CBC confused poll watchers. Finally clarifies its mess.
It took some effort but we finally got CBC to clarify its election poll.
We used the CBC poll tracker for our current federal party polls standing. However, their poll was confusing.
The current standing, 8-26-19, showed the party percentages as Cons: 33.9, Libs: 32.7, NDP: 13.7 but the seats projection projected a Liberal victory. This didn’t make sense. The Cons were ahead in the polls but lose in the seat projections.
Either we were misinterpreting the information or the pollsters were confused.
After numerous attempts at contacting the CBC, poll analysis has been updated and the confusion is clarified below.
The original analysis by CBC POLL TRACKER was very confusing as noted above. However, after determined pursuit of a clarification from the reporter, Eric Grenier, we finally got an explanation from the CBC’s Paul Hambleton, Director, Journalistic Standards and Practises, CBC News.
Mr. Hambleton wrote:
To say that the parties are tied in the polls, but one is likely to win more seats does seem counter-intuitive, I appreciate that. But there is some sense to it. Let me explain what I mean.
The results of individual public opinion surveys may vary somewhat because of the sample size, the time they were done and the methodology they used. CBC’s Poll Tracker combines the results of all the publicly available polls to produce a single average value. As I write this on September 9, the updated values prominent on the page show the Conservatives at 33.8%, the Liberals at 33.4%, the NDP at 13.3%, and so on. (You can find a partial list of the individual polls used toward the bottom of the page.)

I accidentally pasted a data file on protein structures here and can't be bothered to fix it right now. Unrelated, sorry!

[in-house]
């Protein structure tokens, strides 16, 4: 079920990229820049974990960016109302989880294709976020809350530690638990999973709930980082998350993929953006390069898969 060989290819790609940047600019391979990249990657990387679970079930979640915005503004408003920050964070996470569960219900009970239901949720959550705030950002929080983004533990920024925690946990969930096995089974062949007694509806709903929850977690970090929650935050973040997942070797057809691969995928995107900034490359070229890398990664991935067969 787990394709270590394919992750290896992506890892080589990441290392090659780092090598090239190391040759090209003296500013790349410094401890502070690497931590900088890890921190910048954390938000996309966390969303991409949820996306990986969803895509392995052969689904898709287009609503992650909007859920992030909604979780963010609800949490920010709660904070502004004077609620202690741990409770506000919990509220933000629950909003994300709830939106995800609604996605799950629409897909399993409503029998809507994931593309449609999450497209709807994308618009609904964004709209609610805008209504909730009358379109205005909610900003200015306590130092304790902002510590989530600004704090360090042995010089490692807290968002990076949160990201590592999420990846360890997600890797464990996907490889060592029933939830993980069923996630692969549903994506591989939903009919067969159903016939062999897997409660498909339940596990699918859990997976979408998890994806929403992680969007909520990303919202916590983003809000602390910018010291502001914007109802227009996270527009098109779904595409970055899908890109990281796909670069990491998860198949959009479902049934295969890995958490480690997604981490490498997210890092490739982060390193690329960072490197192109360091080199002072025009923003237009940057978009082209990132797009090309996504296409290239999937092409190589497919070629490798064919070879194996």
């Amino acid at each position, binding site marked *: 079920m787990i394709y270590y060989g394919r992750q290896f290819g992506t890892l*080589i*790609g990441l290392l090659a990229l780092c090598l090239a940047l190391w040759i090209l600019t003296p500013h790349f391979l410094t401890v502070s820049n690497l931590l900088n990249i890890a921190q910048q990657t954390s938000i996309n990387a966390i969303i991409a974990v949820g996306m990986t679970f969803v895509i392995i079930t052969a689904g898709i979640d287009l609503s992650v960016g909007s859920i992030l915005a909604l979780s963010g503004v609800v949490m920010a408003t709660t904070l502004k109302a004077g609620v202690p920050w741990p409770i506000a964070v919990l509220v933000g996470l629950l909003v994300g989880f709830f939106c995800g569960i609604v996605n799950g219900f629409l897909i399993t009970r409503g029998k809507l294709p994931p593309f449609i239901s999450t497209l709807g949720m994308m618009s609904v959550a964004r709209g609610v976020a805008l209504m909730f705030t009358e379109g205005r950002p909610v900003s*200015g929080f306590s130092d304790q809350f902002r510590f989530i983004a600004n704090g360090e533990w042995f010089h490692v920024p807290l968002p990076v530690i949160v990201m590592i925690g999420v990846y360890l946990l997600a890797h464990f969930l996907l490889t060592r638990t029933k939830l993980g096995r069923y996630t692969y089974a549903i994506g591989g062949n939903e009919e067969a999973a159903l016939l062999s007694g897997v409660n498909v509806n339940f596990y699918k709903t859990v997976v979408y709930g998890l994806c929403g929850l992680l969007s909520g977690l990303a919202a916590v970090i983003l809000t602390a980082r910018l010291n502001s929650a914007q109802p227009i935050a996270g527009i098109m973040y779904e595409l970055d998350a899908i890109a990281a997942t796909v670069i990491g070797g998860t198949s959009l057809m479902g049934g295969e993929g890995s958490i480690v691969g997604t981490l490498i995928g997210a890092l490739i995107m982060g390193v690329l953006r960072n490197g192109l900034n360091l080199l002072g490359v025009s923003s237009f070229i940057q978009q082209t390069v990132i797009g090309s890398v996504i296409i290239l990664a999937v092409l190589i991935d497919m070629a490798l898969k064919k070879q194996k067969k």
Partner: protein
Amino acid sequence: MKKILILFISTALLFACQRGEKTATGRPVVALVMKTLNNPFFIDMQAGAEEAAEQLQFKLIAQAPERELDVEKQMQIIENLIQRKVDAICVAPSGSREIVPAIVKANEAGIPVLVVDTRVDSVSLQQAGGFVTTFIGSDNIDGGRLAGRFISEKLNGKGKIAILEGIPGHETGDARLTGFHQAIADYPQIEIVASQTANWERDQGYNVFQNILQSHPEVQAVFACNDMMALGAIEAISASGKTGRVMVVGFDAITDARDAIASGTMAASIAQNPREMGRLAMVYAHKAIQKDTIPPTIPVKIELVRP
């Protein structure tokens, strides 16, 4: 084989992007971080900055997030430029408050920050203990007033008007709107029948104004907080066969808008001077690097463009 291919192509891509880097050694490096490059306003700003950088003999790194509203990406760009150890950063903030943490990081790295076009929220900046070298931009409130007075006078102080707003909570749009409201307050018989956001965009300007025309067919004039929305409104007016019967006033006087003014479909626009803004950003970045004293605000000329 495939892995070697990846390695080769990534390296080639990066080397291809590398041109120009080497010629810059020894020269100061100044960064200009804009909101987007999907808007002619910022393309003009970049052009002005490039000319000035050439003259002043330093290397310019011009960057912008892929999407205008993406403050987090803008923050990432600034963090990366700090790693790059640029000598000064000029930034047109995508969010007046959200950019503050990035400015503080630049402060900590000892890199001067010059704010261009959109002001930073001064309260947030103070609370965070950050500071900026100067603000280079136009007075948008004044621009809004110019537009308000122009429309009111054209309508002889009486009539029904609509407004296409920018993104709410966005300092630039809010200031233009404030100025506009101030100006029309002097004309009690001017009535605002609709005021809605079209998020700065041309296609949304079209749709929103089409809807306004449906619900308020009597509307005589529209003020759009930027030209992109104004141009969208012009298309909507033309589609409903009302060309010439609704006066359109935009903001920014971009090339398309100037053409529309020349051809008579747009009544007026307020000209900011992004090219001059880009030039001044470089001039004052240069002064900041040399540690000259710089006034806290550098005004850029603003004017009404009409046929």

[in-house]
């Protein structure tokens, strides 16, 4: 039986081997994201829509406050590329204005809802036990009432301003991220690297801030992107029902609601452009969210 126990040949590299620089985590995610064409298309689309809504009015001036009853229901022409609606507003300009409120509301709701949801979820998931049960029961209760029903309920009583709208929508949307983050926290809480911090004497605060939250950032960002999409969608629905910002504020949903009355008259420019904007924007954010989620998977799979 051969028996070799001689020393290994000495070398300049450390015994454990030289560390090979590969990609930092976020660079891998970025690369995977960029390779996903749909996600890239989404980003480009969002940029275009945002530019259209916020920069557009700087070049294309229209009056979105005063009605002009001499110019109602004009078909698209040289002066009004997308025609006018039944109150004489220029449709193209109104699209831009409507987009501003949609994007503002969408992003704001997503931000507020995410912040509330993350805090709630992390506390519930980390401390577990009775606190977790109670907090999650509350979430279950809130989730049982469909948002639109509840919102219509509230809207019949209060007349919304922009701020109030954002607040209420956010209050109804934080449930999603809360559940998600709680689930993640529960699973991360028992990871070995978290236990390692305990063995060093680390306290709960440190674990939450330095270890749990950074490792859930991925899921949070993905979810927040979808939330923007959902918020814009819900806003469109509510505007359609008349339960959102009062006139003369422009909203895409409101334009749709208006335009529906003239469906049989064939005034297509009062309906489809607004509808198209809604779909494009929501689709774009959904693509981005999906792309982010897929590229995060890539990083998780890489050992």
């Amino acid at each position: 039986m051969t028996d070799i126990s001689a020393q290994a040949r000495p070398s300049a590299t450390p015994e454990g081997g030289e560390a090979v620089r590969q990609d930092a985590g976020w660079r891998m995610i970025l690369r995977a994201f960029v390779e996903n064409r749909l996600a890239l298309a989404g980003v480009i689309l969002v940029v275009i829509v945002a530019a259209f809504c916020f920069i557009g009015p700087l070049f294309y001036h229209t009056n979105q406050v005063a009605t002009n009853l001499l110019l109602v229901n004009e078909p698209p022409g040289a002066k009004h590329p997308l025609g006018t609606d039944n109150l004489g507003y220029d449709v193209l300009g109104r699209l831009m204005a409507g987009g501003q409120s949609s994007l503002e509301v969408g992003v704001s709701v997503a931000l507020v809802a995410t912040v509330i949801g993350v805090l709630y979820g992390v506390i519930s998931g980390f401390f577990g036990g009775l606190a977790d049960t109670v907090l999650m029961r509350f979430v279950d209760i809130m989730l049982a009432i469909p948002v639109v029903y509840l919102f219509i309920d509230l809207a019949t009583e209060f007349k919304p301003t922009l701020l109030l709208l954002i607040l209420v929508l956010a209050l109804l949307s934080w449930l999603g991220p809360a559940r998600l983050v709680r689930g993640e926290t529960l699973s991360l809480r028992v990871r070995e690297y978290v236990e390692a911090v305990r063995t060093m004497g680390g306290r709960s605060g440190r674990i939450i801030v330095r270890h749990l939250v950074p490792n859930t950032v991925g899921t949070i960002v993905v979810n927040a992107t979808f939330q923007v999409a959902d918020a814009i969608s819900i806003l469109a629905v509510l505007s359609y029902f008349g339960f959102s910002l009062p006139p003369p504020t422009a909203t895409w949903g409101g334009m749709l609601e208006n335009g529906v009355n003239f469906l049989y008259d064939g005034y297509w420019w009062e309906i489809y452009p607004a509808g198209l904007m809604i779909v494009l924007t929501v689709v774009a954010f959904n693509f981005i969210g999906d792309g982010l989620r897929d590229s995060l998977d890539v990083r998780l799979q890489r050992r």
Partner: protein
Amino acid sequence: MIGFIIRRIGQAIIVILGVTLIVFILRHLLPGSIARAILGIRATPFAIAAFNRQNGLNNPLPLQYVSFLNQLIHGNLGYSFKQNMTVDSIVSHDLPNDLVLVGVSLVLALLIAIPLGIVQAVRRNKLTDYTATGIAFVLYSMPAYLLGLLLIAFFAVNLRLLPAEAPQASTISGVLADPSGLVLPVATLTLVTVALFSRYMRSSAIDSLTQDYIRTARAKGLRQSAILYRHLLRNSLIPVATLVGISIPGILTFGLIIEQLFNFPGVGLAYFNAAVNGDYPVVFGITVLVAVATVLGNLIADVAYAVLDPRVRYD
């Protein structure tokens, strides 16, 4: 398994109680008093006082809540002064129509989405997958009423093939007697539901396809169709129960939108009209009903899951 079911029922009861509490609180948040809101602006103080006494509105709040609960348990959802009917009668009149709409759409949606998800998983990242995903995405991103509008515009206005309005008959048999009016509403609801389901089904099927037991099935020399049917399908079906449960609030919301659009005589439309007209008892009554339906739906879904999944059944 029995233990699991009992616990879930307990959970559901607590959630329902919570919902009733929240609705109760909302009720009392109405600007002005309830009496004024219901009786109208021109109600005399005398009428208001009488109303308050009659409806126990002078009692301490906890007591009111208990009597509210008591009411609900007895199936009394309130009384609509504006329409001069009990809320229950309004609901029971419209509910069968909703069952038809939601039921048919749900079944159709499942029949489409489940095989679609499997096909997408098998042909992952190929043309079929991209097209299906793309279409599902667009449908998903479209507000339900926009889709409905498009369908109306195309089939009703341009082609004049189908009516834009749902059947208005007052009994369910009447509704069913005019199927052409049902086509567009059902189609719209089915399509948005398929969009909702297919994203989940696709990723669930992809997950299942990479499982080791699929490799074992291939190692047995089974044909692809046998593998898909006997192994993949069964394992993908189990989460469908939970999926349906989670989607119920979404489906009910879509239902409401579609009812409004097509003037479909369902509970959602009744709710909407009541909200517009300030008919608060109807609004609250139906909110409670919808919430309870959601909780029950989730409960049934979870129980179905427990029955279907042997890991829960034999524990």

The headline numbers reflect voter intentions (at the time the survey was done) and are based on answers to a question usually along the lines: If there was an election tomorrow, what party would you vote for? They reflect the intentions of a carefully selected cross-section of Canadians of different ages, locations, incomes, education, and so on. Although they don’t indicate regional preferences, the results can give you a pretty good idea of the overall popularity of the parties and the political mood of the country.
But that’s just one measurement. It might imply which party would win the election, especially if one party is significantly ahead of the others, but it can’t predict the number of seats a party might win, even though that might be a more pertinent number.
Estimating the seat count means looking at the voter intentions results on a province-by-province basis, comparing them with the number of seats in the province and with past voting patterns and estimating the effect those intentions will have in each riding. Of course, some regions have fewer seats than others. So, while one party might have overwhelming popular support in a particular region, thus pushing its overall voter preference percentage higher, with fewer seats in that region, the preferences may not result in a higher seat total.
The specific example often cited is the western provinces where the Conservatives are overwhelmingly popular, but where there are relatively fewer seats, compared to Southern Ontario where the Liberals are more popular and could win more of the much larger number of seats available.
I hope that clarifies things somewhat. Thank you again for your email.